Who was Vincenzo Bellini? Information on Vincenzo Bellini biography, life story, compositions and works.
Vincenzo Bellini; (1801-1835), Italian opera composer who was a representative of the bel canto school, wrote operas celebrated for their lyrical beauty and dazzling vocal embellishments. His music was popular throughout most of the 19th century, but then went into an eclipse. It won renewed respect with the revival of interest in bel canto in the mid-20th century. Norma is his most popular opera.
Bellini was born at Catania, Sicily, on Nov. 1, 1801. He studied, at the Naples Conservatory under the composer Nicola Zingarelli. His first opera, Adelson e Salvini (1825), was performed at the conservatory and brought him to the attention of the influential impresario Domenico Barbaja. Through Barbaja, Bellini was commissioned to write Bianca e Fernando (1826; revised 1828) for the San Carlo opera company in Naples, and II pirata (1827) for La Scala in Milan. II pirata, which gives a glimpse of his later melodic style, was followed by La straniera (1829), an indifferent success, and by Xaira (1829), a fiasco. Bellini salvaged some of the music from Zaira for his next work, I Capuletti ed i Montecchi (1830), an opera based on Romeo and Juliet. Unfortunately, the opera’s tragic realism is marred by the fact that Bellini wrote the role of the hero for a mezzo-soprano.
The Great Operas.
Bellini’s most important creative period began in 1831 with La sonnambula. Then came Norma (1831), which most critics agree is his greatest opera. Not only is it rich in spectacular melodies, it is also infused with a dramatic energy only rarely achieved by its composer. Such moments as Norma’s prayer (Casta diva), the ferocious battle chorus, and the moving final scene must be included among Bellini’s finest. Beatrice di Tenda (1833) shows some falling off, but in his last opera, I puritani (1835), he was again at the top of his form. He died at Puteaux, France, on Sept. 24, 1835.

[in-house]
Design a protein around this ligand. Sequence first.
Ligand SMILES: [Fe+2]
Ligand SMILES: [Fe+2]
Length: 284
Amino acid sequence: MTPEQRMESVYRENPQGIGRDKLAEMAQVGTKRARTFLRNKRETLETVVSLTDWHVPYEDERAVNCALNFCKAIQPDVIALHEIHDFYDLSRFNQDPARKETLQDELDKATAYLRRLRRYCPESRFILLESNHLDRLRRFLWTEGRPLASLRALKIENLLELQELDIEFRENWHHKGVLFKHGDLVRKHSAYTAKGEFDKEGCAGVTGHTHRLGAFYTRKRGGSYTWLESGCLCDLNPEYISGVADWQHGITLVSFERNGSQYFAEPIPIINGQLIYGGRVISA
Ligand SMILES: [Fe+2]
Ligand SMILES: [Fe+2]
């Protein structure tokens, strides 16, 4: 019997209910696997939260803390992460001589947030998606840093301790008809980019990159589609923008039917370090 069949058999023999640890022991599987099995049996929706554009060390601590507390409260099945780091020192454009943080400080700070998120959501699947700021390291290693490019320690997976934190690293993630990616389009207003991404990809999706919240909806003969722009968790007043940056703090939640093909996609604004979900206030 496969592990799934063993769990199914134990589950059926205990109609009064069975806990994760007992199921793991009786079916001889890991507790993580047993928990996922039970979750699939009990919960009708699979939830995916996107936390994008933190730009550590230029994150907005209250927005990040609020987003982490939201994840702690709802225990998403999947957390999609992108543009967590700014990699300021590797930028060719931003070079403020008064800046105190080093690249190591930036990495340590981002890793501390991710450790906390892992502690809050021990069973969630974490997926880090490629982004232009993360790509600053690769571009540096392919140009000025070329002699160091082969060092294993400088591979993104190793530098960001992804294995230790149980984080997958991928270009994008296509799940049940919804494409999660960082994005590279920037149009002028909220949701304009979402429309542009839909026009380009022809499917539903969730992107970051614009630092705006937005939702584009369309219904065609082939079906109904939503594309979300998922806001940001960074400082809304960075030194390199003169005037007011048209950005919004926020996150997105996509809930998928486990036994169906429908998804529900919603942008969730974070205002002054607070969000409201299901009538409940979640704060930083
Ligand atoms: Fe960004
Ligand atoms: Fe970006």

While Bellini cannot be thought of as an innovator in music, his individual melodic style is highly personal. Probably the greatest single influence on his style was the tenor Giovanni Battista Rubini, who possessed extraordinary breath control, an extensive vocal range, and a highly cultivated technique. It was for such voices as Bubini’s that Bellini’s bel canto melodies were written. At the time Bellini was writing II pirata (which, like 1 puritani, was tailored to Rubini’s voice), Rubini worked closely with the composer, teaching him how to write effectively for well-trained voices.
For a composer of his period, Bellini wrote surprisingly few operas, and, perhaps unsure of his technique, he wrote slowly. He was usually an unenterprising harmonist and a weak orchestrator, and his vocal ensembles often contain only one strong part. Nevertheless, he was able to write beautiful melodies, such as Ah! non credea from La sonnambula, which, in spite of their apparent simplicity, are musically and dramatically expressive.
Bellini’s influence as a composer is most clearly seen in the piano music of Frédéric Chopin. The long-flowing, intricate melodies of Chopin, with their long suspensions, find their antecedents in Bellini’s arias. Other echoes of the Bellini idiom, so congenial to the spirit of the Romantic Age, are found in the music of such diverse composers as Giuseppe Verdi, Franz Liszt, and Richard Wagner.